For this type of model, systems tracking details about the service contracts themselves, inquiries that are placed on the contracts themselves, and characteristics that pertain to the customers represent critical areas to target data-gathering efforts. Table 1 shows an example of primary subject areas.
Table 1. Primary subject areas
|Primary subject area||Examples|
|Accounts receivables||Payment problems, credit issues, method of payment|
|Customer demographics/firmographics||Geography, industry, size, revenues, tenure|
|Contract specifications||Change history, coverage, billing frequency, start date, end date, sales channel|
|Product or products involved||Product type|
|Service history||Call volume, call response, time to problem resolution|
|Account contract||Count of other contracts, coverage for other contracts, start dates, end dates|
|Account service||For all contracts for this account, call volumes, call responses, time to problem resolutions|
|Orders||Parts order history and type|
|Account orders||For all contracts, parts order history and type|
The above list of subject areas and examples is by no means comprehensive but rather a small sampling of the types of data typically used for retention models. Although the general rule that more data equals a more robust model certainly applies here, the reality of deadlines often limits the amount of time available to data gathering, so prioritizing which data to go after based on accessibility and impact becomes an important skill that analysts learn over time. Finally, obtaining at least two years of data can, at least in most cases, ensure that you have a reasonable time period from which to build the model and capture a few cycles, as most technology service contracts are annual in nature. There are exceptions to this rule of thumb, especially within the technology industry, because of the dynamic nature of product offerings.
As the data is collected, varying structures can pose a significant challenge, as the goal is to create a single data set from which to build the model. It is best that this data set contain one row per customer, with many columns—sometimes hundreds of columns after the creation of the data set is final. You can use IBM® SPSS® Statistics to run match merging processes necessary to build the modeling dataset that require one-to-many merges, which are often tricky to perform correctly. Within a B2B context, it might make sense to create individual rows for subsidiary companies, depending on the level to which you will use the model outputs. A similar situation can apply within the consumer world, as the marketing or sales teams might want to target individuals within a household. The example in Figure 1 illustrates at a high level what a B2B final data set looks like.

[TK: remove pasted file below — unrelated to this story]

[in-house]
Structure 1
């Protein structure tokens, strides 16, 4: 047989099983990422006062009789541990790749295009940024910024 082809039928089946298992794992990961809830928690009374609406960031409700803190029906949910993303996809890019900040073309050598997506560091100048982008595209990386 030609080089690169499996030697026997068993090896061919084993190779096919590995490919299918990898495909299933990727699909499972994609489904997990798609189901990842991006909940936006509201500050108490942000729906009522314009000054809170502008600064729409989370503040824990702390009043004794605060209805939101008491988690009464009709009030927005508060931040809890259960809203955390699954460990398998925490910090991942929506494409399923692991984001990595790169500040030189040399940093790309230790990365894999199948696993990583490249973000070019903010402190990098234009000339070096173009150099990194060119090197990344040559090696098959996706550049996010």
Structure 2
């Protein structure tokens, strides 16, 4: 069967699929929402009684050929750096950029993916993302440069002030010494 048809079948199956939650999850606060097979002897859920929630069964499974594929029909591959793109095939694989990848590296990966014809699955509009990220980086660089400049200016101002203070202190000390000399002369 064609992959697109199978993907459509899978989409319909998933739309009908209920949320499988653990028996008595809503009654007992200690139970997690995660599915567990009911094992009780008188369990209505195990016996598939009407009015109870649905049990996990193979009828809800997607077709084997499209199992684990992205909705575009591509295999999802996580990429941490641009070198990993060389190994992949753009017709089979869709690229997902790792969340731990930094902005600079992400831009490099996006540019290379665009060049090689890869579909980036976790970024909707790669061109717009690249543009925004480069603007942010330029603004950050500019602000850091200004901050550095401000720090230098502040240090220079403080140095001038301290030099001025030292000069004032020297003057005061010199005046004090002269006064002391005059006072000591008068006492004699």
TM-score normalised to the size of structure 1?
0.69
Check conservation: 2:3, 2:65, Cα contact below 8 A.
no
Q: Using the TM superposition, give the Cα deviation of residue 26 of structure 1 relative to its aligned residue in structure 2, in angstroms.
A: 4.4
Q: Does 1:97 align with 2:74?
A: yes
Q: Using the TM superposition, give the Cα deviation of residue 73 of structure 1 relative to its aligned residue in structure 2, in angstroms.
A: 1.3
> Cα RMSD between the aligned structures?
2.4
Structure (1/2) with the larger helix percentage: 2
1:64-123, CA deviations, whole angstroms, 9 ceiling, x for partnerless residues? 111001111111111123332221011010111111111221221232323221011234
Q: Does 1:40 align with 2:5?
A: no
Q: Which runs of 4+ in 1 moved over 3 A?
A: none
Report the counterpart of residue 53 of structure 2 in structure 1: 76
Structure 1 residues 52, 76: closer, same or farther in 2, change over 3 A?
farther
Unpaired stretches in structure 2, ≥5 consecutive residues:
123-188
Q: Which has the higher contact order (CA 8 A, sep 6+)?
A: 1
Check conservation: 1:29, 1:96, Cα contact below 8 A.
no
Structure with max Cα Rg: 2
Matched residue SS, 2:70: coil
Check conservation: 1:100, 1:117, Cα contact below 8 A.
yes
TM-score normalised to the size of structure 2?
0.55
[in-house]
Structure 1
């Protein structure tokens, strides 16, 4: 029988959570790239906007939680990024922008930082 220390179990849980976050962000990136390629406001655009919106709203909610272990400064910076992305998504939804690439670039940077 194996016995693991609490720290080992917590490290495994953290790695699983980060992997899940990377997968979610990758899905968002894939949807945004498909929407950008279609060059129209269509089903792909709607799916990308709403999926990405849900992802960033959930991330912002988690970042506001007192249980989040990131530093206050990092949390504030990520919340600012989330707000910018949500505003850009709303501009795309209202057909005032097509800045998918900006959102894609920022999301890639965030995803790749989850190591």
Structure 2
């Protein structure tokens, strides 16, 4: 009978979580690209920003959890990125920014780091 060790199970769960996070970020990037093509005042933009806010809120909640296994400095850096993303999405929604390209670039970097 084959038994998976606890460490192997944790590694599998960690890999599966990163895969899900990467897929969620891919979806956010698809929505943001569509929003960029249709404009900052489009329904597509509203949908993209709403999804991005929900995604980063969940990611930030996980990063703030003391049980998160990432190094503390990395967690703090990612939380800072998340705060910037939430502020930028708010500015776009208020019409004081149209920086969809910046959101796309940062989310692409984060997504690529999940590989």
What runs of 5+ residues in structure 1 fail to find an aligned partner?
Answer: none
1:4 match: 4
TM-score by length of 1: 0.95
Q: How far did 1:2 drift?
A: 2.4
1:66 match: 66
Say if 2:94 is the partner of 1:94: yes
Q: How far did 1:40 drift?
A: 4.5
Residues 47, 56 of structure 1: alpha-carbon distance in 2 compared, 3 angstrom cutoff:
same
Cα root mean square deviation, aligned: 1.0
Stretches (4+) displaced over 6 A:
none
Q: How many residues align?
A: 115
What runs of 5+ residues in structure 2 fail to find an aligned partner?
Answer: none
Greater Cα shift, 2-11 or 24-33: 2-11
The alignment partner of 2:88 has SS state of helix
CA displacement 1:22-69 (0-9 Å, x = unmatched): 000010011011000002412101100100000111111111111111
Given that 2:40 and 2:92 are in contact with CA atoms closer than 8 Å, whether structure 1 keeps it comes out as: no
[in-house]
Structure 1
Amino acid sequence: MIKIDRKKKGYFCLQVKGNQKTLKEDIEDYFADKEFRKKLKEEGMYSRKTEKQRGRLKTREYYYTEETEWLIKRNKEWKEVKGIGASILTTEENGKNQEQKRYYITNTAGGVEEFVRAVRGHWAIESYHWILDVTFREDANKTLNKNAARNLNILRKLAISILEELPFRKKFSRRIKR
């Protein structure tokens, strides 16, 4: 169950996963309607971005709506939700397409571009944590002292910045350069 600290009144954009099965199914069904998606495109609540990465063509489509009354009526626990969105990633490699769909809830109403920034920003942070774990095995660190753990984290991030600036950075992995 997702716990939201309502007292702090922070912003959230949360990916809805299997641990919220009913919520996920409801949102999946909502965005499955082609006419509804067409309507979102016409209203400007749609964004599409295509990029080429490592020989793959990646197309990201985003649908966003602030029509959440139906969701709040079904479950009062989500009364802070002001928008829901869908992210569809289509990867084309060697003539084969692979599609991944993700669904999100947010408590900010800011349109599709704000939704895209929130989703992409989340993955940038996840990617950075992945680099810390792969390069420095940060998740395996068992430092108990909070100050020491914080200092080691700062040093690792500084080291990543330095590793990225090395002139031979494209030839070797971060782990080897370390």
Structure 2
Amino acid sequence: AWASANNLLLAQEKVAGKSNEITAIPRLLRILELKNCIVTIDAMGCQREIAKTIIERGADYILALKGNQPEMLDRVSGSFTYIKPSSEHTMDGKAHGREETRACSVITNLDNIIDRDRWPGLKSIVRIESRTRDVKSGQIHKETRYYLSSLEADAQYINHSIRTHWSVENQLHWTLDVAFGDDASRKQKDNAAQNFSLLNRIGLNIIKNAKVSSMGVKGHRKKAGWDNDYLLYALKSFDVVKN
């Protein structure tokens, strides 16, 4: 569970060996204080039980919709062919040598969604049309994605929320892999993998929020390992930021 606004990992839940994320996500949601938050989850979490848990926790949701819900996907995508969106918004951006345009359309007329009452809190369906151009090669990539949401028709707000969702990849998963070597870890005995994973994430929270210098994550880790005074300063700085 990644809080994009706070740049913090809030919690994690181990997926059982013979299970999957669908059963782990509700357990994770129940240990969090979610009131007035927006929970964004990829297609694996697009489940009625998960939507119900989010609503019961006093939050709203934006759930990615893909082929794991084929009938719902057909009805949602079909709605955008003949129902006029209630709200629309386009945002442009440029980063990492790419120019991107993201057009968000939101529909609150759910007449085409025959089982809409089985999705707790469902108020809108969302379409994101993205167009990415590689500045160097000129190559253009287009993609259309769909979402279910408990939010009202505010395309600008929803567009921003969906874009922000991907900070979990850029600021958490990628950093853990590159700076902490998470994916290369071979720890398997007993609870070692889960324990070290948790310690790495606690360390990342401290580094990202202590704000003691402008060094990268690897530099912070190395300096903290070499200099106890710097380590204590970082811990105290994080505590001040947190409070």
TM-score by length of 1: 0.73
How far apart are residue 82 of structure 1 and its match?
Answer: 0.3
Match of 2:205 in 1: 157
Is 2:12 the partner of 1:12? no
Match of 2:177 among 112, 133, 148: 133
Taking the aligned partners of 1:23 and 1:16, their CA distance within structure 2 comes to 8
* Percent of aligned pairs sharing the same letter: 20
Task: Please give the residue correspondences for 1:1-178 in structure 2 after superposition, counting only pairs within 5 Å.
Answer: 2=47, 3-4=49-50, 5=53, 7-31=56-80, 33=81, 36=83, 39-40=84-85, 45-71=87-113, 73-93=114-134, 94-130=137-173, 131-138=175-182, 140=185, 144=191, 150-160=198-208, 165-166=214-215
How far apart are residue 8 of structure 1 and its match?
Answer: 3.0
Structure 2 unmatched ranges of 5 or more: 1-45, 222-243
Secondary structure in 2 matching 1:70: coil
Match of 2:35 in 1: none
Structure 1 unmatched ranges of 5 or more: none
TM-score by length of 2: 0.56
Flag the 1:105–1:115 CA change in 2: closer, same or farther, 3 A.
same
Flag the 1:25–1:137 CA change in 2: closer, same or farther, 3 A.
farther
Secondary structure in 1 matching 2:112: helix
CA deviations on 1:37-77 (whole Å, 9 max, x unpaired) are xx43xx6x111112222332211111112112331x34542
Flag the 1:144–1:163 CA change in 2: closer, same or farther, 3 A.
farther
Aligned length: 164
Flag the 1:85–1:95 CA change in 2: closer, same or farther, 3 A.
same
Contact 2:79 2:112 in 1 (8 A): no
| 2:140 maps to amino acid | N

Figure 1. Example data set
(View a larger version of Figure 1.)
Next, individual variables most often require transformation or manipulation to allow statistical procedures to fully highlight relevant trends and anomalies. You might use special coding such as binning to fit individual variables into the required format of one row per customer. Examine both continuous and categorical variable in detail for outliers using frequency distributions and histograms. Flooring or capping outliers, which are based on sound business judgment, represent an important step for each variable. This critical work typically falls under the heading of exploratory data analysis and helps to provide an early view into which variables can yield the best results when placed in the model.
Before modeling, running a clustering analysis can highlight different customer groups that might exist within the data and prove useful later on in the process. Based on the value of data attributes, clustering techniques maximize both the similarity of customers within the same cluster and the dissimilarity of customers between the different clusters. Many statistical software packages offer this function, and IBM SPSS Modeler provides three different procedures that you can used to cluster groups of customers, including K-Means cluster, hierarchical cluster analysis, and two-step cluster analysis. If significant differences in your customer base exist, creating retention models for each group of customers might yield the best results. If you do so, use your business knowledge to reduce the number of variables that enter the cluster analysis, as the presence of a huge number of variables can generate unwieldy or unusable results.
Several well-documented statistical approaches exist for building a retention model, thus it is best to match your approach to the application. However, logistic regression tends to be the default and is a time-tested method in this space. After you select the appropriate samples for training and validation, you must iterate several key steps within the model-building process, including: